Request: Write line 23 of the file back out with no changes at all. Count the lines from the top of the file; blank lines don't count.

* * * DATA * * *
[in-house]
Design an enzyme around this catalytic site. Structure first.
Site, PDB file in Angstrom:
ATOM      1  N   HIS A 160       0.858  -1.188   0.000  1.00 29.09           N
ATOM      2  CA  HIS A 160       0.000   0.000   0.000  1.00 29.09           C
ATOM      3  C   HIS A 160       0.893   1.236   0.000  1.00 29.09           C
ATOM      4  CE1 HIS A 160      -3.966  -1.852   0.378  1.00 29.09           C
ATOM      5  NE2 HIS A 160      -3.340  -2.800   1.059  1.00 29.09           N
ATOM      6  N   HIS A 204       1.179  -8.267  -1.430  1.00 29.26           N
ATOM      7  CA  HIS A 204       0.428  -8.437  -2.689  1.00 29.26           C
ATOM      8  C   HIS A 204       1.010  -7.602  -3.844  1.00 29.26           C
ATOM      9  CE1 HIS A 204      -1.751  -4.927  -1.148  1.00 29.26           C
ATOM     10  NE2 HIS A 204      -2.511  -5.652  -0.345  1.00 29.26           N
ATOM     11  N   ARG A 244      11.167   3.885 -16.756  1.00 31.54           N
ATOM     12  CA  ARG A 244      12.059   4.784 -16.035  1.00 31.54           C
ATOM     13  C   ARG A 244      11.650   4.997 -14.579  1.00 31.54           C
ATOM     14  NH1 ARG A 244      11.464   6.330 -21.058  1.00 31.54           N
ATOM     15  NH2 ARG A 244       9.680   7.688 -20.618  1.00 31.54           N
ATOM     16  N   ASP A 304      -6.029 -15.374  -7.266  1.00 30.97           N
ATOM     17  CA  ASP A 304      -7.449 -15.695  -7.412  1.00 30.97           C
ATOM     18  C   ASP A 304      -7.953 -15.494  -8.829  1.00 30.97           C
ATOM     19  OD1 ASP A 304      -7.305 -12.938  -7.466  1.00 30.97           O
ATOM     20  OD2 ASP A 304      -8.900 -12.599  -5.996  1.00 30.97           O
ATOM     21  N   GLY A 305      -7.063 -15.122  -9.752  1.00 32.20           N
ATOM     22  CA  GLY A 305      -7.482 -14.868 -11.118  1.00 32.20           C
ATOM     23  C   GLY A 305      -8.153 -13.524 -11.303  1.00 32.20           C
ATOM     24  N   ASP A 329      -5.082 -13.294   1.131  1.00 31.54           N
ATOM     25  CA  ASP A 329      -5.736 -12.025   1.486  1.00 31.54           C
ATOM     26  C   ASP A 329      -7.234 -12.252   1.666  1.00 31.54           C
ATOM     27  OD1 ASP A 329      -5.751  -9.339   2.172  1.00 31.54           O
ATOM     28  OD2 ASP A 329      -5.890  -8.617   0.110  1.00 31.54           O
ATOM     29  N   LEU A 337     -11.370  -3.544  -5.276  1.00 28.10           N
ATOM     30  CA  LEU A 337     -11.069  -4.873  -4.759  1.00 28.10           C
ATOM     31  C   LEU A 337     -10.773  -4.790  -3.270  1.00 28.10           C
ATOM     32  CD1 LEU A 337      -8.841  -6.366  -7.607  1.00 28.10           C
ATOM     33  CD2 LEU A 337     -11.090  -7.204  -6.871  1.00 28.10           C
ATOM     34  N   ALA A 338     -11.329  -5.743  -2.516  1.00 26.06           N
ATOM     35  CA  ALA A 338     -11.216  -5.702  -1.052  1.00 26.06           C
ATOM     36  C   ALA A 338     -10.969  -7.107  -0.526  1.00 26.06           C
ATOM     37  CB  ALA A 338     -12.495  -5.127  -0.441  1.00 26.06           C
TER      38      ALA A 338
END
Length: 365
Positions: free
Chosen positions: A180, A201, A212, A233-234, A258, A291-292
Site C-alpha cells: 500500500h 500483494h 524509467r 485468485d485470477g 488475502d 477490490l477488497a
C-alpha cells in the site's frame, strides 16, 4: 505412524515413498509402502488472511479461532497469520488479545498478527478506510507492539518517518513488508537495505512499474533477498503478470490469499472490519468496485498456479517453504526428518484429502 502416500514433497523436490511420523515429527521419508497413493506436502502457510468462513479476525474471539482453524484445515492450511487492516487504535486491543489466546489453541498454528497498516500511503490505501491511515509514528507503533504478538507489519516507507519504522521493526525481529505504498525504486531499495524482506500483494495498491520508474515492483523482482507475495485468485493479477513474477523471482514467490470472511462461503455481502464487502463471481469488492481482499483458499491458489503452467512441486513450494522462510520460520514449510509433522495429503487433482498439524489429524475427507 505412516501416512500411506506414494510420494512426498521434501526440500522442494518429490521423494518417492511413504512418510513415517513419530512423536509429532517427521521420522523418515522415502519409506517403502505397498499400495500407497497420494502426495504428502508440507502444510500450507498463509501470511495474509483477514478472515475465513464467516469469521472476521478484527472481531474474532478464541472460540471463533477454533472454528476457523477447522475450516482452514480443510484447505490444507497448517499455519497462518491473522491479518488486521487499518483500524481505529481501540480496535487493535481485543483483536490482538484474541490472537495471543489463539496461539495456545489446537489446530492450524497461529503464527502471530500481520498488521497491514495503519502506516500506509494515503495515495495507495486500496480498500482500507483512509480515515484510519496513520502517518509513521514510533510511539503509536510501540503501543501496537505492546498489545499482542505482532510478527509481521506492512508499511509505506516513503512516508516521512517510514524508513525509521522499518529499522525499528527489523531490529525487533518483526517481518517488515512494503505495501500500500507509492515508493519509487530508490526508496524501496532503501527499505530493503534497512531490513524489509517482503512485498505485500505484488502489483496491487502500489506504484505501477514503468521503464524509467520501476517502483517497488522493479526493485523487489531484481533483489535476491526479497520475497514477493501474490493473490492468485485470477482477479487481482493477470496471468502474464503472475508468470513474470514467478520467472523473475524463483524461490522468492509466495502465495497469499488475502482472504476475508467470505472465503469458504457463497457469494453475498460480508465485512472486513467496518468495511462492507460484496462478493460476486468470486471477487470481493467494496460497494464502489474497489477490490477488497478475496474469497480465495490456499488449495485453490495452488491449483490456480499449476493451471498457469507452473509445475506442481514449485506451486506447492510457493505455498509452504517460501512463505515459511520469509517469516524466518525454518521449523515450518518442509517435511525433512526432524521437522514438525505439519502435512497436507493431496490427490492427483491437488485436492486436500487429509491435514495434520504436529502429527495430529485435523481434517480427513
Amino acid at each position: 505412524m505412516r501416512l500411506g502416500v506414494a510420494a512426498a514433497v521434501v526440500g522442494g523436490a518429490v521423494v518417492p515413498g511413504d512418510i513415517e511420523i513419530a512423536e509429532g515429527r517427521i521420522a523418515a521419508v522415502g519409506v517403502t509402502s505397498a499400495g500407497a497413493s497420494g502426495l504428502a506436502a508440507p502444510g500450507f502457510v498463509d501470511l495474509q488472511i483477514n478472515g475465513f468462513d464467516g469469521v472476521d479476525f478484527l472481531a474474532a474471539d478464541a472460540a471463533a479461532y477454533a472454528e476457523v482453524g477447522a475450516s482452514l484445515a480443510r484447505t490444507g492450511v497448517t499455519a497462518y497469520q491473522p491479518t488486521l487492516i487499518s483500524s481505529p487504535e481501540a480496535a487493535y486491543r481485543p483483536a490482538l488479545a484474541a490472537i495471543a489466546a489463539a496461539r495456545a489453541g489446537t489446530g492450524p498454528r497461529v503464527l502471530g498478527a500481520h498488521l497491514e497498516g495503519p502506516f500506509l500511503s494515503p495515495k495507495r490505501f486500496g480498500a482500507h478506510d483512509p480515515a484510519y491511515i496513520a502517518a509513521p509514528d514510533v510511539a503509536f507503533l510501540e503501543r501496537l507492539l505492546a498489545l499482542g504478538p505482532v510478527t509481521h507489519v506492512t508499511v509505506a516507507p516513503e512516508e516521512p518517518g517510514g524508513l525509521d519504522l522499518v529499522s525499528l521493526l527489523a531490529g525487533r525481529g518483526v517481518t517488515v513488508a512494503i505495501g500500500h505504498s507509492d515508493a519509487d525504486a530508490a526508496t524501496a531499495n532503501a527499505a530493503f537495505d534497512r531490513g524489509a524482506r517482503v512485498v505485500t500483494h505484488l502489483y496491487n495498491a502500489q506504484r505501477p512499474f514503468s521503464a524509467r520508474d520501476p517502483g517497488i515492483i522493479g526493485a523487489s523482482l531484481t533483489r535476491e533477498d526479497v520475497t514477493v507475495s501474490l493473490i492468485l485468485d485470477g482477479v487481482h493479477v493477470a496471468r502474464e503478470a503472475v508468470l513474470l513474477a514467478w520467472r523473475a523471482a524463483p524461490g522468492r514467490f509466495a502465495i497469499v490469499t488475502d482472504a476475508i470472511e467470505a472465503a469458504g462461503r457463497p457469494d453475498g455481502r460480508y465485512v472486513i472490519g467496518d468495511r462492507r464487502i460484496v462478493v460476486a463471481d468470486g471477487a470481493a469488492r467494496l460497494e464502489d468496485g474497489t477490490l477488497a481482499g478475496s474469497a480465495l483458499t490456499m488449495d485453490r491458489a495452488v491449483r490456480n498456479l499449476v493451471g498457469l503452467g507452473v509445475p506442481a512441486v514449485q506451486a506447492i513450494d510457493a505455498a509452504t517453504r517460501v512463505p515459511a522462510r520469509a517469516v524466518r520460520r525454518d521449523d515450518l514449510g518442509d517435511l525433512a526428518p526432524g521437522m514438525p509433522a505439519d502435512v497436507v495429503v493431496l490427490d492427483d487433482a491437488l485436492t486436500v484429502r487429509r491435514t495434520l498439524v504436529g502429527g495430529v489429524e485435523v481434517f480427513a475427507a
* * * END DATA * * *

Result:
ATOM     20  OD2 ASP A 304      -8.900 -12.599  -5.996  1.00 30.97           O